Sunday, October 12, 2014

Ice Bucket Challenge

Several years ago a friend and colleague passed away from cancer. It hit us all hard. I had a son in her class, and he was devastated. After that, the school formed "Team Jeanne" and began raising money for Relay for Life. This year I was constantly challenged by students to do the Ice Bucket Challenge. I wanted to do it to show the students my support for a good cause, but I felt the students didn't truly understand what the "challenge" was all about. I wanted the students to understand this was not just a bunch of people getting wet for fun. I thought about it a lot and decided I would do the Challenge, but the students had to raise money for "Team Jeanne" as part of our Pink Out football game. The response was amazing. Several teachers also took the challenge, along with the principal, superintendent, assistant superintendent, and me (assistant principal). We raised $466 dollars in just a couple of days. I learned the ice water was extremely cold, but I also learned when you give your heart to your students and teachers they will show you amazing things. Yes, the students found it extremely funny, but they also loved the fact that I was willing to do that for them, their parents, the cancer survivors, and the ones we lost. Was this an academic lesson? No, but it was a life lesson that I hope they learned. I also hope they learn that I will stop at nothing to do what I can to show my love for the students, teachers, and parents, and they shouldn't either. My heart is still sad over the loss of Jeanne, but I know she will live on forever in us and in our actions.

Sunday, September 14, 2014

Technology surprises

I have been thinking about all the available technology in the classrooms and schools these days. It's amazing how much is out there. Unfortunately most is out of our price range. When I was looking at the budget and the availability, it hit me that the most important piece I use is free. I discovered the amazing uses of Twitter about a year ago. I joined Twitter because my children and students were always talking about it. I stumbled upon "Twitter chats" and #satchat. I was hooked! I cannot even tell you how much I have learned through my own personal professional development on Twitter. I discovered I could fix a cup of coffee, sit in my pajamas, and learn a plethora of information on how to make my school even more amazing, help my teachers with new ideas, and make sure my students are receiving some of the newest strategies.  Twitter is where I learned about Standards Based Learning and Standards Based Grading. I learned about ZAP and why it's important to make zeros a behavior not a grade. I discovered Failure WAS an option and how to fail forward. Genius hour was explained and so was what great principals do differently. I met amazing authors who turned me on to amazing books. I learned about Voxer and Evernote; although I'm still learning about those. I found so many super educational chats that I often find myself following several at one time. Every day of the week has a learning opportunity. Just a couple are #satchat, #sunchat, #iaedchat, #aledchat, #nbtchat, #apchat and many, many more. I have even been challenged to write all my ideas down into a blog. I could go on and on because of the amazing information available. So, for me, Twitter is the foundation of all my technology. It got me started, it's keeping me going, and I look forward to seeing where it will take me.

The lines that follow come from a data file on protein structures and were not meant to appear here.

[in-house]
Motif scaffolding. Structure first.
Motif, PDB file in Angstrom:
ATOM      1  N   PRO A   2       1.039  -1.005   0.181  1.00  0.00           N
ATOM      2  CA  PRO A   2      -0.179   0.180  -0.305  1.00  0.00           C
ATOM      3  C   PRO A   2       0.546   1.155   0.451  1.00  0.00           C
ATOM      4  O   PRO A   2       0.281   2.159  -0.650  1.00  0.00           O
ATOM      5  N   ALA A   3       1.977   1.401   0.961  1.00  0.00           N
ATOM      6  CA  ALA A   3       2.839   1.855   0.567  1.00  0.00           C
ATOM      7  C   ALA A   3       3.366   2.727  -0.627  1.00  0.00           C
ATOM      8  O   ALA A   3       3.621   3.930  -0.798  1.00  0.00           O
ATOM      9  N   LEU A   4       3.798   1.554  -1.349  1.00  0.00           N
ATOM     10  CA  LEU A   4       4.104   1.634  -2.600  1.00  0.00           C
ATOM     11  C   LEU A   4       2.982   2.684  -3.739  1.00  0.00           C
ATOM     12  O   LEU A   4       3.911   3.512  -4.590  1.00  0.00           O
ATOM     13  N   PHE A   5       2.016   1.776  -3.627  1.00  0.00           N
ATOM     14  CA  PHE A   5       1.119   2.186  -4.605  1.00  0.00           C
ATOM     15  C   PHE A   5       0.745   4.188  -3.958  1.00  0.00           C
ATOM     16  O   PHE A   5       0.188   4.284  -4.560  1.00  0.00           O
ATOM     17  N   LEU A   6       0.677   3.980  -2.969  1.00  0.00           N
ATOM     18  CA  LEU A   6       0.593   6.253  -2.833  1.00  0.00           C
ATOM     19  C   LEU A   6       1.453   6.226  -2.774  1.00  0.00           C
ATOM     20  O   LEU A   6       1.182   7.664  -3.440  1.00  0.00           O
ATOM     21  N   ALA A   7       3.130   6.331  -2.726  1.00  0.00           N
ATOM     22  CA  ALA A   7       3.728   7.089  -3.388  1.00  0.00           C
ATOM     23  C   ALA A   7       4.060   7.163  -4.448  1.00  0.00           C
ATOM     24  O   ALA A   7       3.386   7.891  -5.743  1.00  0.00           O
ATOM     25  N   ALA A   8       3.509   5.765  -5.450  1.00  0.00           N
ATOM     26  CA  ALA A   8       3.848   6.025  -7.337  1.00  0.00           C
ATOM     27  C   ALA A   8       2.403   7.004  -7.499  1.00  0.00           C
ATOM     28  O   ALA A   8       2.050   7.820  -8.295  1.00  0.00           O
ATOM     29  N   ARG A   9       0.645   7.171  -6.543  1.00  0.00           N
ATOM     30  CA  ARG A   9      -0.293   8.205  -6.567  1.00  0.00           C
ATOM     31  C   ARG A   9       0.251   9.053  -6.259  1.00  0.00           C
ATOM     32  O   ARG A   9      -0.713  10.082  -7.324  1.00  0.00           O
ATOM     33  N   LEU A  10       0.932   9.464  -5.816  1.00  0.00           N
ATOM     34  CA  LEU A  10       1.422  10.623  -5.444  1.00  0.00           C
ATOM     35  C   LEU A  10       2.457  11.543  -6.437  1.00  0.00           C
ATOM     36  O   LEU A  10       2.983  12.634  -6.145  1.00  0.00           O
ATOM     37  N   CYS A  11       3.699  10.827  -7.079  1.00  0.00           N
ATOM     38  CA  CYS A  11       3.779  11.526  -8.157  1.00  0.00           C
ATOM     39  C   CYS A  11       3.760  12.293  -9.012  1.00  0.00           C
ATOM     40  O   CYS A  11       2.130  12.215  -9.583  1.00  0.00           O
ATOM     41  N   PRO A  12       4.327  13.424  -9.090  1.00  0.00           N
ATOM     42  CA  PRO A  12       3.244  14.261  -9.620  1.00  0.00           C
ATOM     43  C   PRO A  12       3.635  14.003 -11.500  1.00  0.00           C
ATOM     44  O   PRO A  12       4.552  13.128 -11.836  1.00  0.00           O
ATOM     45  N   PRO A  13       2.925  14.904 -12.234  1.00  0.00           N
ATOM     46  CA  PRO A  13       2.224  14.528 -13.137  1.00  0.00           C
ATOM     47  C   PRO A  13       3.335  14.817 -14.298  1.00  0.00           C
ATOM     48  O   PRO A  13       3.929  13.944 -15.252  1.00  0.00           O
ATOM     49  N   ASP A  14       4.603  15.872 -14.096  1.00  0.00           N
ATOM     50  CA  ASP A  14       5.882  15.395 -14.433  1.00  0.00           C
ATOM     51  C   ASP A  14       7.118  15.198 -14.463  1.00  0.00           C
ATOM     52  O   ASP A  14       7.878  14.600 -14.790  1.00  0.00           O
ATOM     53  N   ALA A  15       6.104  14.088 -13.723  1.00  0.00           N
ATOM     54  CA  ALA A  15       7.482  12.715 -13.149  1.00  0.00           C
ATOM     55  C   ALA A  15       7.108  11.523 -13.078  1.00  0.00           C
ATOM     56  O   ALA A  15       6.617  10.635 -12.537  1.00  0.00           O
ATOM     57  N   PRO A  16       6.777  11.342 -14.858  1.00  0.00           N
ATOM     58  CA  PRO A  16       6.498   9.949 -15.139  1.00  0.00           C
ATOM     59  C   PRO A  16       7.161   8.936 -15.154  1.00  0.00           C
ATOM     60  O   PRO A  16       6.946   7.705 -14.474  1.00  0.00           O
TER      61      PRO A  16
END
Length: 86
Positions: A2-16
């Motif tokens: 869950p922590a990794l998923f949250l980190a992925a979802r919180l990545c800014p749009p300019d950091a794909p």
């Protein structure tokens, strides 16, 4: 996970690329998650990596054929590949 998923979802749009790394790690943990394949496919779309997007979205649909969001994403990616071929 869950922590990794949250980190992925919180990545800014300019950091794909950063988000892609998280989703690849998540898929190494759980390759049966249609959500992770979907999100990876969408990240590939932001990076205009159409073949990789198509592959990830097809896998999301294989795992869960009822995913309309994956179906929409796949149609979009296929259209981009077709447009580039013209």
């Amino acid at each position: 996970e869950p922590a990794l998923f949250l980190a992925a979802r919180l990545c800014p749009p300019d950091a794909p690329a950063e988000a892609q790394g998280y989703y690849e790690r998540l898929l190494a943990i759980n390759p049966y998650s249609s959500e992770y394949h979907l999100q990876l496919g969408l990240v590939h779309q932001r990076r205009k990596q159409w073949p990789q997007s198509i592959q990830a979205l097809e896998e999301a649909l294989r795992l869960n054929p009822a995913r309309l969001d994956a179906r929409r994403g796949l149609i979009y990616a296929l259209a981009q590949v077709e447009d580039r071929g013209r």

Tuesday, August 12, 2014

The real school budget

As an admin, I am often trying to figure out how to efficiently spend money, during the summer especially. There is paint, air conditioners, summer workers, mowing, etc. But it got me thinking. We need all that stuff, yes, but honestly there are more important things we should be able to spend our money on. So, I have composed a list of what we should really spend school money on.
            * anger management classes: this is for those parents who do not like when or how we release them in the car line.
            * endless coffee: this is for the first week of school, the morning after ball games (middle school plays on Tuesday nights), and the morning after parent/ teacher conferences. It always feels like we never went home on those days. 
            * uggs: this is for those mornings when the thermometer forgets to move, but I must be able to go outside and say "Good Morning". 
            * snow machine : this is for that day when you just need a small break. We can use it to send them home early or not come at all. 
            * chiropractor and masseuse on staff : this is for those moments when you write on the board and have to see behind you at the same time. 
            * endless supply of buttons and zippers: this is for all those pants I have ruined. 
            * personal chef: school lunches just don't cut it. It's not enough food and with all the dietary restrictions now - it's just not good. 
            * and last but certainly not least: a duplicating machine for me: this is for those nights my children have a ball game on the same night as my students. This way I could be in two places at once. 
Even though as educators we see the need in my list, we know that we are not going to be able to check them off. However, if we come to school every day to ensure each child learns to the very best of their ability, then we have done our job and spent our money wisely. 

Sunday, August 3, 2014

High Five